Go ask on the Cowboy shooting sites like the SASS Wire ( . There have been several instances of this happening reported there, usually with Henry reproductions. It is easier for this to happen with Henry's due to lack of a wooden forearm and the exposed tab of the follower. The cartridge follower can get caught (either on clothing or the shooters hand), then when released can slam the cartridges together, setting one off. This wasn't a problem with the original 44 rimfire ammo, but the reproductions are all in centerfire, usually 44-40 and even with flat-nosed bullets a high primer can sometimes get set-off. Sometimes the shooter is lucky and just gets fragments in his wrist and arm, sometimes they are unlucky and lose fingers. Just depends on where the cartridge that goes off is in relation to the shooters hand. Rarely does more than a single cartridge get set-off; so it's usually blamed on a high primer in that cartridge.

Mike Irwin
June 2, 2003, 12:59 AM
I had a BP revolver chain fire happen with a cheap Italian replica a few years ago.

There are two ways it can happen -- from powder flash (which is why the chambers should be topped off with grease after the bullet is seated, or from primers being set off.

The revolver in question was a case of primer flash as the caps didn't fit the nipples correctly.

It certainly will get your attention.

Joe Demko
June 2, 2003, 08:28 AM
Ditto on the BP chainfire. Had one in a cheap Spanish-made Remington revo replica. Both the gun and I were unharmed, but now I know what the end of the world will sound like.

Kentucky Rifle
June 2, 2003, 10:56 AM
I hesitated before even posting such a thing. I kept thinking about it though, each time I looked at the tube. I think I'll stick with the 158gr Hydra-Shocks. In .357 mag, the H-S bullet won't touch the primer of another cartridge in any place that I can see, unless you cant the whole cartridge sideways WAY more than would be allowed by the width of the magazine tube. What a thing to happen!
I thought about a Henry. Henry makes a .44 but not a .357. In the end, I went with the Marlin because I'd had some experience with Marlins and I LIKED the looks of the wood forearm piece. Just a preference, but it looks better to me.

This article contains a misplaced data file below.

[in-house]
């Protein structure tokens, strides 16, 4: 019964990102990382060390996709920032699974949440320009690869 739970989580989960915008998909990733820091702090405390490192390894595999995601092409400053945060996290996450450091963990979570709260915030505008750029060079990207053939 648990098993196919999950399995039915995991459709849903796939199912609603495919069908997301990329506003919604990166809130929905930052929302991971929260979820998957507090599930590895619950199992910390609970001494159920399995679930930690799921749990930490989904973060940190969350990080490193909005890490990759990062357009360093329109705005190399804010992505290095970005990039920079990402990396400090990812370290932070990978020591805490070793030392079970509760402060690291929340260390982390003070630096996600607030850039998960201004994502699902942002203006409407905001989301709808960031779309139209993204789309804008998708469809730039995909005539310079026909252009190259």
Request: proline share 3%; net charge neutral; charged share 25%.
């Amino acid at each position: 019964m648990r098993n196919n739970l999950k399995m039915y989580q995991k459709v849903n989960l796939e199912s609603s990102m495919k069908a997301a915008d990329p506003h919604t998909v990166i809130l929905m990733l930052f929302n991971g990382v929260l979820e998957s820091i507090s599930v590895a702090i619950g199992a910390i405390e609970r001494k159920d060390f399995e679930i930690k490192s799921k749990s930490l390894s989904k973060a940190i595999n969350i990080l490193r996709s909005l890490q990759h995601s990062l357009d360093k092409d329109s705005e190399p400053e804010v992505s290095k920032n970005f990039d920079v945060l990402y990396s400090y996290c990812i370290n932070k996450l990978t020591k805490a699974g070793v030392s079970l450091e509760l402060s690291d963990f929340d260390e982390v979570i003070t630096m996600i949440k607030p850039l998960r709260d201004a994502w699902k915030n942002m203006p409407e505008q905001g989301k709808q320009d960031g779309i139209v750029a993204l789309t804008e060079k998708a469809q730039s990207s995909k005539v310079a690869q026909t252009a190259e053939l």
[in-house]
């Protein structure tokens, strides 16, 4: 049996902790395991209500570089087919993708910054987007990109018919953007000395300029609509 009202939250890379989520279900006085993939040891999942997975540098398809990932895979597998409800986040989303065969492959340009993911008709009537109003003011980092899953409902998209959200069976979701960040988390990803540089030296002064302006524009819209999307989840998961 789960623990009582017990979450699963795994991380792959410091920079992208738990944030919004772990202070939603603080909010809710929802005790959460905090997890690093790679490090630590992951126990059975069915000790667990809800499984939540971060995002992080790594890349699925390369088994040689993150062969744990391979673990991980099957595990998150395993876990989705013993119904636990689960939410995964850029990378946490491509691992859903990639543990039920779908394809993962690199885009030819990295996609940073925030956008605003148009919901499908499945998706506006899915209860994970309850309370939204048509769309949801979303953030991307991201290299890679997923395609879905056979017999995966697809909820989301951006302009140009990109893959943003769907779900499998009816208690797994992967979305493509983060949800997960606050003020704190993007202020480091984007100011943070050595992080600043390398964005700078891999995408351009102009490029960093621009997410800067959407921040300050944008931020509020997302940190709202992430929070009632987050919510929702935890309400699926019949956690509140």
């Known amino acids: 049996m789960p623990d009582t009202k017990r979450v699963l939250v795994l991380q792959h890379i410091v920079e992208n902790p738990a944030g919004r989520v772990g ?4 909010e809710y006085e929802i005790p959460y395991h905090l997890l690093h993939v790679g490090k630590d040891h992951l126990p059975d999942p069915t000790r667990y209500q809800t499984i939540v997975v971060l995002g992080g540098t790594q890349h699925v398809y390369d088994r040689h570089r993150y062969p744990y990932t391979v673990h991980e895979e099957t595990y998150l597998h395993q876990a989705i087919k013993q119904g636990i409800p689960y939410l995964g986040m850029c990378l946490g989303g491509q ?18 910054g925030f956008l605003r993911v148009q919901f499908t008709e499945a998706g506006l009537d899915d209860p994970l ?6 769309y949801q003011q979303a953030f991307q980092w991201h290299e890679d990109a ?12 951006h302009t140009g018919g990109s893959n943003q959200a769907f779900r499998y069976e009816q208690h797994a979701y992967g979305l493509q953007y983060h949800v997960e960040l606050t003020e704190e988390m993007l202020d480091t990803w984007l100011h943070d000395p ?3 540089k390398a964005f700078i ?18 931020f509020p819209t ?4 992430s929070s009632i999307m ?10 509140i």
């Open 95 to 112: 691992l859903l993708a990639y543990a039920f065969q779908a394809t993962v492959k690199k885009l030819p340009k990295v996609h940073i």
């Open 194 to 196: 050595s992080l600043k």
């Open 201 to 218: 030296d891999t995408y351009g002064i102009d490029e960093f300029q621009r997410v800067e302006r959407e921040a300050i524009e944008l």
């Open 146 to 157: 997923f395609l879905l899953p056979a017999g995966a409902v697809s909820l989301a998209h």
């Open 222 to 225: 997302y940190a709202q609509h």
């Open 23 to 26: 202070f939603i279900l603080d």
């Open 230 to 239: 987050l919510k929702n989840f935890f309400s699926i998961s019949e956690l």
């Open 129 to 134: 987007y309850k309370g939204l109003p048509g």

June 3, 2003, 07:07 AM
Maybe 50 years ago as I entered the driveway for the range, an ambulance was screaming its way out. When I got to the line, I saw a crowd gathered around a bench that had the remnants of a 94 and some blood.

The handguard was splintered and the mag tube was in two pieces and there were some spitzer-loaded .30-30's around the bench.

Never heard what damage occured to the shooter.

I have a few old "collectible" .30-30 cartridges that have the "shrouded primer", a teency primer bushed into the rear of the case. They were safeguard-intended as a hedge against the unthinkable.

Joe Demko
June 3, 2003, 07:27 AM
Some of the Remington pump rifles used tube magazines that were "twisted" in such a way as to prevent the tip of one cartridge from touching the primer of another. Did that system not work or simply not catch on? Unless Remington holds a patent on it, it would seem a simple enough modification for any manufacturer to add to a tube fed gun.

Mike Irwin
June 3, 2003, 11:45 AM
Remington had a patent on it, and I believe that it only really worked with short rounds like pistol rounds. Long rounds didn't see much benefit.

June 3, 2003, 07:57 PM
The Remington pump action rifles with the twisted magazine tube were the Models 14 and 141 in the rimless remington rifle calibers, and the Models 14 1/2 and 25 in the rimmed pistol length calibers.

The 14 and 141 came in the typical rifle calibers of the day - 25, 30, 32 and 35 Remington. These are the rimless versions of the 25-35, 30-30, 32 Win Special and the totally unique 35 Remington that is still widely available, unlike its' smaller cousins. These rifles could benefit from the twisted magazine tube's ability to use pointed bullets.

The model 14 1/2 came in the rimmed calibers of 38-40 and 44-40 while the Model 25's were in 25-20 and 32-20. I supposed they could have used pointed bullets, but I've never heard of anyone loading pointed bullets in these calibers.

I'm currently trying to resist the pull of a Model 14 1/2 in 38-40 that's sitting in one of the local gunshops.

Jim K
June 3, 2003, 11:21 PM
It seems that there have been cases of bullets in a tubular magazine setting of the primer of the round ahead, but the cause is not exactly what most folks think.

This seems to happen only with two or three rounds in the magazine. When the rifle fires, the cartridges tend to stay in place (see Mr. Newton on this!), which means they move move forward in the magazine. If there are a lot of rounds, they tend to move slower because of the weight, and they can't move far. But if there are only two or three rounds, they move forward against the magazine spring, then the magazine spring shoves them back, fast and hard enough to fire a primer if the bullet nose is shaped just right. Also, since at this point, the cartridges are sort of in flight, the bullet points won't necessarily be responding to gravity and laying on the bottom of the magazine.